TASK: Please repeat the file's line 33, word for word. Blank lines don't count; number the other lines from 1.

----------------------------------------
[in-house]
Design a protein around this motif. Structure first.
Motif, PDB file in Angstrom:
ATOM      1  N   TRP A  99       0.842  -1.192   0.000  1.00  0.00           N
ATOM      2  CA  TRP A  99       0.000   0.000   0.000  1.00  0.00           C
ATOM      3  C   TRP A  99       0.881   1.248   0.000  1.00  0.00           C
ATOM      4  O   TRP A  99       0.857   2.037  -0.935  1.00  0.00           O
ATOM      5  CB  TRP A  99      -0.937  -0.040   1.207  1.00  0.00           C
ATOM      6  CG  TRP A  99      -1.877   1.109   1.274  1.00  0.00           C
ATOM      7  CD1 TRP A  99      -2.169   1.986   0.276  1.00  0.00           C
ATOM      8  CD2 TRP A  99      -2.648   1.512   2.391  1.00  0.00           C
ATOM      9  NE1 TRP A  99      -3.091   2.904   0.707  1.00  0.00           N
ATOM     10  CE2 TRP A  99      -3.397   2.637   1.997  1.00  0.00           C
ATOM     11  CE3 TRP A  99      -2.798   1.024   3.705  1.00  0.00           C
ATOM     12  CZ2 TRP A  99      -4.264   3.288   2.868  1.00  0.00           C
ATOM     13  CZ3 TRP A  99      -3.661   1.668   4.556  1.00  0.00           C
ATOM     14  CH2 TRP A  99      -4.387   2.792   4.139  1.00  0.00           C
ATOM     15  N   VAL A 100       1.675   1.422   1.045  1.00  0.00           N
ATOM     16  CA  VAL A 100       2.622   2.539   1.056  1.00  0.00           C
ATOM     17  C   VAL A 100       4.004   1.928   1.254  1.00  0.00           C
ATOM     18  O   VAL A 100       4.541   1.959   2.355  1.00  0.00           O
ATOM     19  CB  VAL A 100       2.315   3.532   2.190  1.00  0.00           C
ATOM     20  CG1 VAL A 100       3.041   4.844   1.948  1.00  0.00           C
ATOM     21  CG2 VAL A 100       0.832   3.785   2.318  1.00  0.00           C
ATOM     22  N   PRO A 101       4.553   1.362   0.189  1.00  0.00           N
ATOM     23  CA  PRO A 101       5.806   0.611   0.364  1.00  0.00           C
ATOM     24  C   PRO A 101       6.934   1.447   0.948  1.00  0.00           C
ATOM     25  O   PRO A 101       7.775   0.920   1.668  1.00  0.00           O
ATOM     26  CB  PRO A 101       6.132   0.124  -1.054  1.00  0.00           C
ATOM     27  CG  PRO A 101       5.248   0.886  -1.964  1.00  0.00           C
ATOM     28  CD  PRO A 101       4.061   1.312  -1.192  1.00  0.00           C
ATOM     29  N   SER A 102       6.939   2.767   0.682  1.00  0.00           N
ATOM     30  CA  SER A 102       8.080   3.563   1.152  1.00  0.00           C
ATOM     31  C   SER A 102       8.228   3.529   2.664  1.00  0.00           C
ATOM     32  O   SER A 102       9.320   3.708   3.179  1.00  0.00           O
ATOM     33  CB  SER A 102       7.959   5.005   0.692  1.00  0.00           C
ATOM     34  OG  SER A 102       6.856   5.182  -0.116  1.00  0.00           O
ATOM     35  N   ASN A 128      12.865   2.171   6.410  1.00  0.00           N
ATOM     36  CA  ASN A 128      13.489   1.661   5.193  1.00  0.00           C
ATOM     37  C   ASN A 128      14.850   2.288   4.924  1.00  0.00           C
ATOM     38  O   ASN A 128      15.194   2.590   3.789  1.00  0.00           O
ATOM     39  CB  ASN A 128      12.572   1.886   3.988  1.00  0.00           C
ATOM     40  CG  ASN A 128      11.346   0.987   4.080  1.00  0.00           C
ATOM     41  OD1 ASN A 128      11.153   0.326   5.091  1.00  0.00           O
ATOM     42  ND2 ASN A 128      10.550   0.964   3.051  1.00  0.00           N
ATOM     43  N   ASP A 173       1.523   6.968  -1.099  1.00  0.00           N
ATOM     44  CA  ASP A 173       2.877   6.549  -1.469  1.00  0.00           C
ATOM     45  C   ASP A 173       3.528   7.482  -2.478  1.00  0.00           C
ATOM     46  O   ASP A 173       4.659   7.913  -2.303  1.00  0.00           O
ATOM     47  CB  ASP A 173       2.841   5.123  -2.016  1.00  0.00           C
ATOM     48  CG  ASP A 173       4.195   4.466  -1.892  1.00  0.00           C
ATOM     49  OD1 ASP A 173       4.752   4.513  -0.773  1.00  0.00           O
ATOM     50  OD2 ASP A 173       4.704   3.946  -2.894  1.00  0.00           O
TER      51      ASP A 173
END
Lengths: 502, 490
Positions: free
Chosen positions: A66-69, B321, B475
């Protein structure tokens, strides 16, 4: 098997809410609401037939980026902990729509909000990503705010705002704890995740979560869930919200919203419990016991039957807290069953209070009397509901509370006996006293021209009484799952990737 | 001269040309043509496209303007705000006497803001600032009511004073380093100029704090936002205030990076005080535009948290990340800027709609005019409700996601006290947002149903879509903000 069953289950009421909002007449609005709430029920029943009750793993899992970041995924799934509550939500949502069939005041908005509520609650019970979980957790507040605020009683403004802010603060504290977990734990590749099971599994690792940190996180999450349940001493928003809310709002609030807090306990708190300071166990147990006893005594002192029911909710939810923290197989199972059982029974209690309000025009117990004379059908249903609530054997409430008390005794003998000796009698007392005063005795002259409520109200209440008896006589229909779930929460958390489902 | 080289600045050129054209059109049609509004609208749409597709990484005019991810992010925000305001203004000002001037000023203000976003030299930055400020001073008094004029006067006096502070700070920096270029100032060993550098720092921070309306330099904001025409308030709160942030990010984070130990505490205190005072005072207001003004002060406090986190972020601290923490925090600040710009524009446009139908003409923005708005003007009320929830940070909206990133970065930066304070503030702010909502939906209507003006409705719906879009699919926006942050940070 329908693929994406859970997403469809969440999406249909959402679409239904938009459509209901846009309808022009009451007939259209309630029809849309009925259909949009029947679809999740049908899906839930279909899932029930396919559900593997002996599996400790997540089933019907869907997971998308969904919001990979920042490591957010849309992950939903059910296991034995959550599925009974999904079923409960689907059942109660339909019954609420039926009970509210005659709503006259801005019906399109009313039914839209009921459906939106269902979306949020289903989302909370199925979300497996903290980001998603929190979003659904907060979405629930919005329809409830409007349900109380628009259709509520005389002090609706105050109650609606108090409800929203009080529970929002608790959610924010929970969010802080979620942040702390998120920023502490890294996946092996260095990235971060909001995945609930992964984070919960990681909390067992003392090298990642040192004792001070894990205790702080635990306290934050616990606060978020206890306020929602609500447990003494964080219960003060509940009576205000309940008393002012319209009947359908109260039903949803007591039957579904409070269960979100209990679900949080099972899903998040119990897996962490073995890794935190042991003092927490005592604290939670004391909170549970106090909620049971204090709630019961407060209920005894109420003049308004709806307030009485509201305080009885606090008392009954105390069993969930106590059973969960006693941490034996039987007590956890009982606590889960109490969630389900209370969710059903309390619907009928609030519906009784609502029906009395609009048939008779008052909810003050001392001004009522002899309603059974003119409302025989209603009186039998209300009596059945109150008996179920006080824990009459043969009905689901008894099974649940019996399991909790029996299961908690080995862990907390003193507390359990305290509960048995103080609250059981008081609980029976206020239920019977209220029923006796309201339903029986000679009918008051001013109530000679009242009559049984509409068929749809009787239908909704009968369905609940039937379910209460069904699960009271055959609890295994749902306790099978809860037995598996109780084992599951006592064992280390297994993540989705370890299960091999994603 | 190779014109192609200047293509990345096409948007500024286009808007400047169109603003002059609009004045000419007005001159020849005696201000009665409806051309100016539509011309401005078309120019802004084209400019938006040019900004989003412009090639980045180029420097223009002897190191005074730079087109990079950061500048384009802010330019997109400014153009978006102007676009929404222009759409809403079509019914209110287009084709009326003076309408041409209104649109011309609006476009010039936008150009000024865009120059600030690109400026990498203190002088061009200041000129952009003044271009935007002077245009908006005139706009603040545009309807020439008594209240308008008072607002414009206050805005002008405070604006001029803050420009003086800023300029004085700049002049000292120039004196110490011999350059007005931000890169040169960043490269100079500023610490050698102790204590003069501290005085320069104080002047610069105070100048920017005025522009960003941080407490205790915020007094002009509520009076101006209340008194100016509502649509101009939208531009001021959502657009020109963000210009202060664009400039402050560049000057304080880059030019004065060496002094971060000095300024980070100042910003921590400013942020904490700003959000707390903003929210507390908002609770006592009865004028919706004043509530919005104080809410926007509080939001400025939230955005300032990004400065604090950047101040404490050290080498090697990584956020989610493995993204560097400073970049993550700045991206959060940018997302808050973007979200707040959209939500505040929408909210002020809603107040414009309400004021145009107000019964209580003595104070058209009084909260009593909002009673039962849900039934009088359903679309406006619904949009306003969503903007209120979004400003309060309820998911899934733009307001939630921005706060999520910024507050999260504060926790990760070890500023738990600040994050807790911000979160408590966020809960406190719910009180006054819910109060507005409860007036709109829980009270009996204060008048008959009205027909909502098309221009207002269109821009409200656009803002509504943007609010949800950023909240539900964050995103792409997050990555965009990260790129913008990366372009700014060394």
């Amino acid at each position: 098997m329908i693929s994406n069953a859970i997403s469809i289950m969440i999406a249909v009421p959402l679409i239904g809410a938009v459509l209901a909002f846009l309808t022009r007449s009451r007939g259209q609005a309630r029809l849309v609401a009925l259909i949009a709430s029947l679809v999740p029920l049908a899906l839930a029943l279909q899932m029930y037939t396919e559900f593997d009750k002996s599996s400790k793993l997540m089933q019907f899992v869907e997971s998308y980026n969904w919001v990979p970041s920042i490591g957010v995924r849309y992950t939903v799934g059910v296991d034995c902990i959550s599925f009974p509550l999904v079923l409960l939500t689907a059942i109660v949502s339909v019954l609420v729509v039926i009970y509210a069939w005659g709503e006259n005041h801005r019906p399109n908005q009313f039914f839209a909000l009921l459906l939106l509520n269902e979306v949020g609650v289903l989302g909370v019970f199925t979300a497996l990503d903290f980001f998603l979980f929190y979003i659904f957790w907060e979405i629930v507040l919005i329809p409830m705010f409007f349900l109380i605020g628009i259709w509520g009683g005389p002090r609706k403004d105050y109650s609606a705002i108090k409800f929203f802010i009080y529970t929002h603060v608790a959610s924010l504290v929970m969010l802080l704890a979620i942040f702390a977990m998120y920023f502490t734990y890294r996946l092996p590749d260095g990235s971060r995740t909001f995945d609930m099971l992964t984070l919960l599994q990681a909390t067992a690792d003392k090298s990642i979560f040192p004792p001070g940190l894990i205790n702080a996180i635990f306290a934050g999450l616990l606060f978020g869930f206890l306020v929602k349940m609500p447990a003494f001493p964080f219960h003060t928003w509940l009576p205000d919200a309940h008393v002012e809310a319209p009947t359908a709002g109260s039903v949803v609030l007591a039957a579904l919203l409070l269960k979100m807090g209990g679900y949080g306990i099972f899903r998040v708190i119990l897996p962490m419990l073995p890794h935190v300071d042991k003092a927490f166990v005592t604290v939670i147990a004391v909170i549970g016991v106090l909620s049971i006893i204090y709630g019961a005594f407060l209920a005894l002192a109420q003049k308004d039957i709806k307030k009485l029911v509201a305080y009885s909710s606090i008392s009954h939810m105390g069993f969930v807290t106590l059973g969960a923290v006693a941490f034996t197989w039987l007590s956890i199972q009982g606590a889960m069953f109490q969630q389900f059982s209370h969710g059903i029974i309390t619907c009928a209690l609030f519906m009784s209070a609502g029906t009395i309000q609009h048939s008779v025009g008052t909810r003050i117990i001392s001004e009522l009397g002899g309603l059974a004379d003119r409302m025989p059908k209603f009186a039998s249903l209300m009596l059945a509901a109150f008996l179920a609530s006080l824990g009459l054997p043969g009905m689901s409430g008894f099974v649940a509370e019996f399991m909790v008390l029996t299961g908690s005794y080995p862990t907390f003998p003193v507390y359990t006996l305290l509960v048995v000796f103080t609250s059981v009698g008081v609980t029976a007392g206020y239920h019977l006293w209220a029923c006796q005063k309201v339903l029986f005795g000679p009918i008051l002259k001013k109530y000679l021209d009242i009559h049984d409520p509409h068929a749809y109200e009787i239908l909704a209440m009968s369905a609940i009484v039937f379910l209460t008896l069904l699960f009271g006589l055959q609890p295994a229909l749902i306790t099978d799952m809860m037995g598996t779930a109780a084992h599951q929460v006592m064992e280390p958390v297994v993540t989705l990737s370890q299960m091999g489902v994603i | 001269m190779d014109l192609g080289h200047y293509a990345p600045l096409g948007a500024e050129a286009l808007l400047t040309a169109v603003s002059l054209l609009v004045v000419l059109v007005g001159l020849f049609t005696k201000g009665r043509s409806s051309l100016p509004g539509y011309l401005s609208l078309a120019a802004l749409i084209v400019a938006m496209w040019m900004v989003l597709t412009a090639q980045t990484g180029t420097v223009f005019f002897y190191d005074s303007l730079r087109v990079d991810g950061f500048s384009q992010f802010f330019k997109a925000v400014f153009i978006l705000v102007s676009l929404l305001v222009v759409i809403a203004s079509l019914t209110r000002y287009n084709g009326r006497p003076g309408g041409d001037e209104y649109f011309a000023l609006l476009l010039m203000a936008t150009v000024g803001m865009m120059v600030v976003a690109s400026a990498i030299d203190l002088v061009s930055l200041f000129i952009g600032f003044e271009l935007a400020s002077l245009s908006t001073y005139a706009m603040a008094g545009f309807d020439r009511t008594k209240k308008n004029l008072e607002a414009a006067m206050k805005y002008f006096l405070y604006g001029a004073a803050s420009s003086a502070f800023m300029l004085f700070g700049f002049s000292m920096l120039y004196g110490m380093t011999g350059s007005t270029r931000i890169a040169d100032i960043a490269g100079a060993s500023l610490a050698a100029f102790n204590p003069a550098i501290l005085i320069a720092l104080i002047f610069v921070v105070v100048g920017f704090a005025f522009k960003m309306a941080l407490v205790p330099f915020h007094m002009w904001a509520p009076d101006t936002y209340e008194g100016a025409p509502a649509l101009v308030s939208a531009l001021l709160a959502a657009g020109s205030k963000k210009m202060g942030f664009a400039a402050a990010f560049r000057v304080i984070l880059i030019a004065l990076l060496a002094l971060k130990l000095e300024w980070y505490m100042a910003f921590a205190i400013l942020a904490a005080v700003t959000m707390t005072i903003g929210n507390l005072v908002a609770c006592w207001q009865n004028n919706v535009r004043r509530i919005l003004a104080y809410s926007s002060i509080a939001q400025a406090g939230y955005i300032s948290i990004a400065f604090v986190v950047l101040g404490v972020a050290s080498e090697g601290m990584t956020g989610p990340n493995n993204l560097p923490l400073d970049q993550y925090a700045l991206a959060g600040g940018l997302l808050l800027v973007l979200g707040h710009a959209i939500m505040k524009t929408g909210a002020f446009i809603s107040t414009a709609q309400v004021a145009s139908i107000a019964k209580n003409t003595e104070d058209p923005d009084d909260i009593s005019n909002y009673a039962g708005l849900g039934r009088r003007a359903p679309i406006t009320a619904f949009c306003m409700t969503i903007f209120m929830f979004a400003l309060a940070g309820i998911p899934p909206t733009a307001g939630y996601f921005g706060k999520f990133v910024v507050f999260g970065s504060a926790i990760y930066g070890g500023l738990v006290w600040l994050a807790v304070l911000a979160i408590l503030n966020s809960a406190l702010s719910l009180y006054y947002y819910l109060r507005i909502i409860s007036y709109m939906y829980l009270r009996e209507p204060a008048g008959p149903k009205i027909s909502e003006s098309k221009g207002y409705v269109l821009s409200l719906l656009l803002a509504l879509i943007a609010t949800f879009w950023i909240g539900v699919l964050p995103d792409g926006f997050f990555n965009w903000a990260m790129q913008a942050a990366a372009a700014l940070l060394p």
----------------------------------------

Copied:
ATOM     30  CA  SER A 102       8.080   3.563   1.152  1.00  0.00           C